"One's ability to retrieve (or recognize) an item is heavily influenced by the relation between that item's storage and retrieval contexts – is indisputable." 1
When it comes to choosing ways to conduct user research, it's very easy to put users into a conference room to get what you need quickly. Business types love this approach. But typically, we try to go a step or two beyond the conference room approach, based in part, on the unreliable nature of memory. It's too easy to forget the minutia.
Interestingly, from a UX perspective we all generally accept that this is true. And as an alternative (or complimentary) approach – we agree that contextual inquiry yields more rich, accurate information to inform the design process.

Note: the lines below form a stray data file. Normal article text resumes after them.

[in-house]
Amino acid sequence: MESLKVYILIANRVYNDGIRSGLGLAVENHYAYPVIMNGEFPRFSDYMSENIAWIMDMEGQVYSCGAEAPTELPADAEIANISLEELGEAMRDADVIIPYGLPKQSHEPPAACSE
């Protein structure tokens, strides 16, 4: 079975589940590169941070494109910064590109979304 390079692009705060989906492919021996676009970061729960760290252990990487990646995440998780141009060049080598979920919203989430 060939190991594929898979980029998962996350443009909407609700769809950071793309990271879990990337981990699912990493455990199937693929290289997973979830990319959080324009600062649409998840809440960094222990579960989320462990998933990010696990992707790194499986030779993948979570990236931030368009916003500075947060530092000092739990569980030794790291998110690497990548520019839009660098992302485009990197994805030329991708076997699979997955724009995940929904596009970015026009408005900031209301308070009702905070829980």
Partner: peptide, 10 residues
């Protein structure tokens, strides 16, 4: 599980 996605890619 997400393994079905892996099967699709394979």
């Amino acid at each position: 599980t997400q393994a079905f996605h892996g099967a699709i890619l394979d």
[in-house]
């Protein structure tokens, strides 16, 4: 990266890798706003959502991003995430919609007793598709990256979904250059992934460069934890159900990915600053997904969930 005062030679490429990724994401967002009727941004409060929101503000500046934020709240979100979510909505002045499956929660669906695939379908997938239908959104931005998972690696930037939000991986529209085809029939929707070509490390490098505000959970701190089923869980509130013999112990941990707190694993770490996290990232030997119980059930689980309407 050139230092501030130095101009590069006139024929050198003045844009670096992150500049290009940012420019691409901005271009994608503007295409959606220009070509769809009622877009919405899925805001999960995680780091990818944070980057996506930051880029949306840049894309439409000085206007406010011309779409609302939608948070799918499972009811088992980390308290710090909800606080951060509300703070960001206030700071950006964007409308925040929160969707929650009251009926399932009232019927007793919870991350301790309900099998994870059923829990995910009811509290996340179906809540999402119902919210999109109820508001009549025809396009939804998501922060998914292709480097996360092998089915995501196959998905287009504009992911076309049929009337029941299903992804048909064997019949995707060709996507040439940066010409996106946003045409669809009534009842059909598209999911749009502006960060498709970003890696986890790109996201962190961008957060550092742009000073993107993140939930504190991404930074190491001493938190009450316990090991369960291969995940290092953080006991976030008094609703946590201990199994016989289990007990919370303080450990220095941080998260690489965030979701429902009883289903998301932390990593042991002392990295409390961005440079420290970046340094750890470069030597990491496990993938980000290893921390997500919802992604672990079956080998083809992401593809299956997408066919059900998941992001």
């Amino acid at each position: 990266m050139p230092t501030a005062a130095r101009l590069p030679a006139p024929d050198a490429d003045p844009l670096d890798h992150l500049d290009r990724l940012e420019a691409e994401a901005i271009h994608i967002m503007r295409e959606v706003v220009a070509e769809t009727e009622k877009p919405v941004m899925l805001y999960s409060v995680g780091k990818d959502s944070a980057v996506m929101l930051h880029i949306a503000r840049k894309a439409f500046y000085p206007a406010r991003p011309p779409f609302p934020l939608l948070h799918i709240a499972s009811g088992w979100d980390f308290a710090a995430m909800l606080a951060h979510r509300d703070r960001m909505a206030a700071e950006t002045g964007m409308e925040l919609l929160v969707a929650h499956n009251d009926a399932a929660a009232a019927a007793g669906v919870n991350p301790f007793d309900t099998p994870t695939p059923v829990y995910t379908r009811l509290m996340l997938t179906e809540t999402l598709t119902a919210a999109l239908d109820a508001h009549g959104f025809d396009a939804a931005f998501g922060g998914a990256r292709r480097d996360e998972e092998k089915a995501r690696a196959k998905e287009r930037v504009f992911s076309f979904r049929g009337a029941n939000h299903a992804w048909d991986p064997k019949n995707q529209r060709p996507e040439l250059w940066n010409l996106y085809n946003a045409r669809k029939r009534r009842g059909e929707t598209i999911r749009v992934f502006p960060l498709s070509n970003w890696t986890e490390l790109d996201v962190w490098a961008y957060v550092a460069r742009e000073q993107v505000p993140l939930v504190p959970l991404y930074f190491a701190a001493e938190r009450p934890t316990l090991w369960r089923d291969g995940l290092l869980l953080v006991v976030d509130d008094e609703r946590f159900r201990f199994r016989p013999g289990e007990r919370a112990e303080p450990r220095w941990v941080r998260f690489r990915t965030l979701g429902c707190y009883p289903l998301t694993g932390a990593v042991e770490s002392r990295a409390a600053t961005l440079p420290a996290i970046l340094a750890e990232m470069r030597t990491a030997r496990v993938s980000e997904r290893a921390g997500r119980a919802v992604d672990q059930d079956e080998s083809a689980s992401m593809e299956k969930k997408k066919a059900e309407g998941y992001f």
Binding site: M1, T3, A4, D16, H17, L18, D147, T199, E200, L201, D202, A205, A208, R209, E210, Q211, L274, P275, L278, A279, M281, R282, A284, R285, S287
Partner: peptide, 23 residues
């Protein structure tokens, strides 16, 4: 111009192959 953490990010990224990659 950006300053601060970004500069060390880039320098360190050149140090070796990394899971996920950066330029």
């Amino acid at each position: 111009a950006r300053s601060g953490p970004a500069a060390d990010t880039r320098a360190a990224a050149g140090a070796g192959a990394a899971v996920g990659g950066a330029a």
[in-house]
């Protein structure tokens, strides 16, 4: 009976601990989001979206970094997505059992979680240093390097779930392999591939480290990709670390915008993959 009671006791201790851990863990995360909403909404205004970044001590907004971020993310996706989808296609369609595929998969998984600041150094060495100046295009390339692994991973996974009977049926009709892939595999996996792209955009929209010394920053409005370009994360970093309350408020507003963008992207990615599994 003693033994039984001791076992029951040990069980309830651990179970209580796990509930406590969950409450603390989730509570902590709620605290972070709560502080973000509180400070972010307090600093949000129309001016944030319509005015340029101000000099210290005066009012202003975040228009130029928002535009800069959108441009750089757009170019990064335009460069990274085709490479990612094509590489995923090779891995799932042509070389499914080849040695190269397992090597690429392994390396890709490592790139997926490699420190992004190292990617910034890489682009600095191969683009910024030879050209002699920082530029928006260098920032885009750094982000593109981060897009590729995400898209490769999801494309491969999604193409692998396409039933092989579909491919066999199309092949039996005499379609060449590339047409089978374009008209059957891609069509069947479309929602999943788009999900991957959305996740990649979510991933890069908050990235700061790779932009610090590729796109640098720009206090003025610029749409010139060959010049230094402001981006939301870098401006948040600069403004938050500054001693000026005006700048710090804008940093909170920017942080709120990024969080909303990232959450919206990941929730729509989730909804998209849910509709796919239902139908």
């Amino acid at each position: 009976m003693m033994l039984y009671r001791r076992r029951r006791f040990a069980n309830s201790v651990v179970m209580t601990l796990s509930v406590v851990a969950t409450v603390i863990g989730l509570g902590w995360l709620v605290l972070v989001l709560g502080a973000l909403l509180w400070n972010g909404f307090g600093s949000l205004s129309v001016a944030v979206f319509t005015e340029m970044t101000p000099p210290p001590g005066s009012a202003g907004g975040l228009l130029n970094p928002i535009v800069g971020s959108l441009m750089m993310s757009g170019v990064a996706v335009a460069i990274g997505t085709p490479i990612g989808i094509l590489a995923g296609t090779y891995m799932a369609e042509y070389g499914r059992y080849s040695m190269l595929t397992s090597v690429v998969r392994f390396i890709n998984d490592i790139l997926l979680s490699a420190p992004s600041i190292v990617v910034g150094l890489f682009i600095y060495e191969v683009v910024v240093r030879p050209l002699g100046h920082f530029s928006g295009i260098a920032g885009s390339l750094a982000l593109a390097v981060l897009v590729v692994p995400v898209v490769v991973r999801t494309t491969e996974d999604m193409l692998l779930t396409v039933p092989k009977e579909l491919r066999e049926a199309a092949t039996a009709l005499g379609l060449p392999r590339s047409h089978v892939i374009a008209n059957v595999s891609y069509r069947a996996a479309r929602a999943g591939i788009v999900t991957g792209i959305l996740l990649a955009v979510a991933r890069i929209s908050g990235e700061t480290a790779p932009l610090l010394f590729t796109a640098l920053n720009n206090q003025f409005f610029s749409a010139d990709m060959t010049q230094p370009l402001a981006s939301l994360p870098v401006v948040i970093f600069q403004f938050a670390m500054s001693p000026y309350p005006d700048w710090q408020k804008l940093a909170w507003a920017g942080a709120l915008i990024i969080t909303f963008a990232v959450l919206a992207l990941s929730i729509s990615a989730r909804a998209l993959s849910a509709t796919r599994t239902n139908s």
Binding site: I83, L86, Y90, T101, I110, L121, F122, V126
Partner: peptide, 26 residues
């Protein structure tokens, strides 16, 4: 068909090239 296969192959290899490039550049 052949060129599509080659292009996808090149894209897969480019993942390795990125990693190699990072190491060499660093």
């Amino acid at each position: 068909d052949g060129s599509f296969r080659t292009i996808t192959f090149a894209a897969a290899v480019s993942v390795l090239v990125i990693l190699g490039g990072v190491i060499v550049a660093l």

I've heard many great reasons – including "You get a better understanding of the environment." To which I totally agree. And there are any more good reasons.
I want to add one more good reason to the list.
Because we know that context can effect memory recall – doesn't it make sense that users will be more accurate and remember more detail about their work, when they are sitting at their desk? Memory just works better when you are trying to recall information from the same context that it was encoded.
There may be some research out there on this – specifically in the context of HCI research – but I wanted to share the thought. It seems like another good way to justify the time (and possible expense) of taking the time for thorough user research.
Here's a paper you can read if you're interested. I found it through Google Scholar and the ISU library.
1. Environmental Context and Human Memory
STEVEN M. SMITH and ARTHUR GLENBERG
University of Wisconsin, Madison, Wisconsin 5370